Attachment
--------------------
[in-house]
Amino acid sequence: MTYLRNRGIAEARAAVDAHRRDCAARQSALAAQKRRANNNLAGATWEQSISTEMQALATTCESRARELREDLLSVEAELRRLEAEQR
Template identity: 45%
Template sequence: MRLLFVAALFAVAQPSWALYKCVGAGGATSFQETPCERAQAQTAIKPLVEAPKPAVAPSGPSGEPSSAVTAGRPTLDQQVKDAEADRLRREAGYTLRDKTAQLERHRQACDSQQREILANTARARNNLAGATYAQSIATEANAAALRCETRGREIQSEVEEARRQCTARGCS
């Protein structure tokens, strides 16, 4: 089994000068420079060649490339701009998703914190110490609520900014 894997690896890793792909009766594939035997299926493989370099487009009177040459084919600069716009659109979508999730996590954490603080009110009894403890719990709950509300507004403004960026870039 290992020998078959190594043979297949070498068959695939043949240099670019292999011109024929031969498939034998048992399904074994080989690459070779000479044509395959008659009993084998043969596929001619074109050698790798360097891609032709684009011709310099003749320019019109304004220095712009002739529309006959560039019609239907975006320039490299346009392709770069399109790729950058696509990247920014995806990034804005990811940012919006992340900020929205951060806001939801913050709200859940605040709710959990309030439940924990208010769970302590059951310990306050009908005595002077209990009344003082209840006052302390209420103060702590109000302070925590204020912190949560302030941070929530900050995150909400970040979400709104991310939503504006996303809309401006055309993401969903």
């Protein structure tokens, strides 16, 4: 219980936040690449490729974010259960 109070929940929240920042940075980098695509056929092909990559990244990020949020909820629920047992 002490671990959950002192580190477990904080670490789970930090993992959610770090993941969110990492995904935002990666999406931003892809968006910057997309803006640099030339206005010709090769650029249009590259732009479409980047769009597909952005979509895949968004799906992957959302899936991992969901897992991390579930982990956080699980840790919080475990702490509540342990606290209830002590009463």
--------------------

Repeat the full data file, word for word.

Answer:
[in-house]
Amino acid sequence: MTYLRNRGIAEARAAVDAHRRDCAARQSALAAQKRRANNNLAGATWEQSISTEMQALATTCESRARELREDLLSVEAELRRLEAEQR
Template identity: 45%
Template sequence: MRLLFVAALFAVAQPSWALYKCVGAGGATSFQETPCERAQAQTAIKPLVEAPKPAVAPSGPSGEPSSAVTAGRPTLDQQVKDAEADRLRREAGYTLRDKTAQLERHRQACDSQQREILANTARARNNLAGATYAQSIATEANAAALRCETRGREIQSEVEEARRQCTARGCS
């Protein structure tokens, strides 16, 4: 089994000068420079060649490339701009998703914190110490609520900014 894997690896890793792909009766594939035997299926493989370099487009009177040459084919600069716009659109979508999730996590954490603080009110009894403890719990709950509300507004403004960026870039 290992020998078959190594043979297949070498068959695939043949240099670019292999011109024929031969498939034998048992399904074994080989690459070779000479044509395959008659009993084998043969596929001619074109050698790798360097891609032709684009011709310099003749320019019109304004220095712009002739529309006959560039019609239907975006320039490299346009392709770069399109790729950058696509990247920014995806990034804005990811940012919006992340900020929205951060806001939801913050709200859940605040709710959990309030439940924990208010769970302590059951310990306050009908005595002077209990009344003082209840006052302390209420103060702590109000302070925590204020912190949560302030941070929530900050995150909400970040979400709104991310939503504006996303809309401006055309993401969903």
């Protein structure tokens, strides 16, 4: 219980936040690449490729974010259960 109070929940929240920042940075980098695509056929092909990559990244990020949020909820629920047992 002490671990959950002192580190477990904080670490789970930090993992959610770090993941969110990492995904935002990666999406931003892809968006910057997309803006640099030339206005010709090769650029249009590259732009479409980047769009597909952005979509895949968004799906992957959302899936991992969901897992991390579930982990956080699980840790919080475990702490509540342990606290209830002590009463």